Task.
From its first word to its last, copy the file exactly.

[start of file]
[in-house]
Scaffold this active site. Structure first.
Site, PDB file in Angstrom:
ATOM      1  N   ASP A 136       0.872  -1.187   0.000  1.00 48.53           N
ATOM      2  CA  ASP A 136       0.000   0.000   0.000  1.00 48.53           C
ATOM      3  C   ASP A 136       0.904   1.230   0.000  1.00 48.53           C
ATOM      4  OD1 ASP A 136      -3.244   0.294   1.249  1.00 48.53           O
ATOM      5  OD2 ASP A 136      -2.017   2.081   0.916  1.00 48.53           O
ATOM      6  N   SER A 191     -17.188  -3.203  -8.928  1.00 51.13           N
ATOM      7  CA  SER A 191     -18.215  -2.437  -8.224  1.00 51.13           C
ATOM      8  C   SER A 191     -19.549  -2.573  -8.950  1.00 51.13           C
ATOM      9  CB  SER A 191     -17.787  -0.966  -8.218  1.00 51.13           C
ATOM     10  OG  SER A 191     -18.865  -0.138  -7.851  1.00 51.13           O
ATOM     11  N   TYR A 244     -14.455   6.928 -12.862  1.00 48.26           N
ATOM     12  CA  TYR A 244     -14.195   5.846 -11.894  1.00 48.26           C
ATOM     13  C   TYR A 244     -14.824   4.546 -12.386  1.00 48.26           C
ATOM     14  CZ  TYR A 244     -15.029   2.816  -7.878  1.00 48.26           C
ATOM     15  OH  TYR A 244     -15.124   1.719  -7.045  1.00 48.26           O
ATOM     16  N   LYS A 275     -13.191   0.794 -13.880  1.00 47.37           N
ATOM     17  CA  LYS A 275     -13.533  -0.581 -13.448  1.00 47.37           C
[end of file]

[in-house]
Scaffold this active site. Structure first.
Site, PDB file in Angstrom:
ATOM      1  N   ASP A 136       0.872  -1.187   0.000  1.00 48.53           N
ATOM      2  CA  ASP A 136       0.000   0.000   0.000  1.00 48.53           C
ATOM      3  C   ASP A 136       0.904   1.230   0.000  1.00 48.53           C
ATOM      4  OD1 ASP A 136      -3.244   0.294   1.249  1.00 48.53           O
ATOM      5  OD2 ASP A 136      -2.017   2.081   0.916  1.00 48.53           O
ATOM      6  N   SER A 191     -17.188  -3.203  -8.928  1.00 51.13           N
ATOM      7  CA  SER A 191     -18.215  -2.437  -8.224  1.00 51.13           C
ATOM      8  C   SER A 191     -19.549  -2.573  -8.950  1.00 51.13           C
ATOM      9  CB  SER A 191     -17.787  -0.966  -8.218  1.00 51.13           C
ATOM     10  OG  SER A 191     -18.865  -0.138  -7.851  1.00 51.13           O
ATOM     11  N   TYR A 244     -14.455   6.928 -12.862  1.00 48.26           N
ATOM     12  CA  TYR A 244     -14.195   5.846 -11.894  1.00 48.26           C
ATOM     13  C   TYR A 244     -14.824   4.546 -12.386  1.00 48.26           C
ATOM     14  CZ  TYR A 244     -15.029   2.816  -7.878  1.00 48.26           C
ATOM     15  OH  TYR A 244     -15.124   1.719  -7.045  1.00 48.26           O
ATOM     16  N   LYS A 275     -13.191   0.794 -13.880  1.00 47.37           N
ATOM     17  CA  LYS A 275     -13.533  -0.581 -13.448  1.00 47.37           C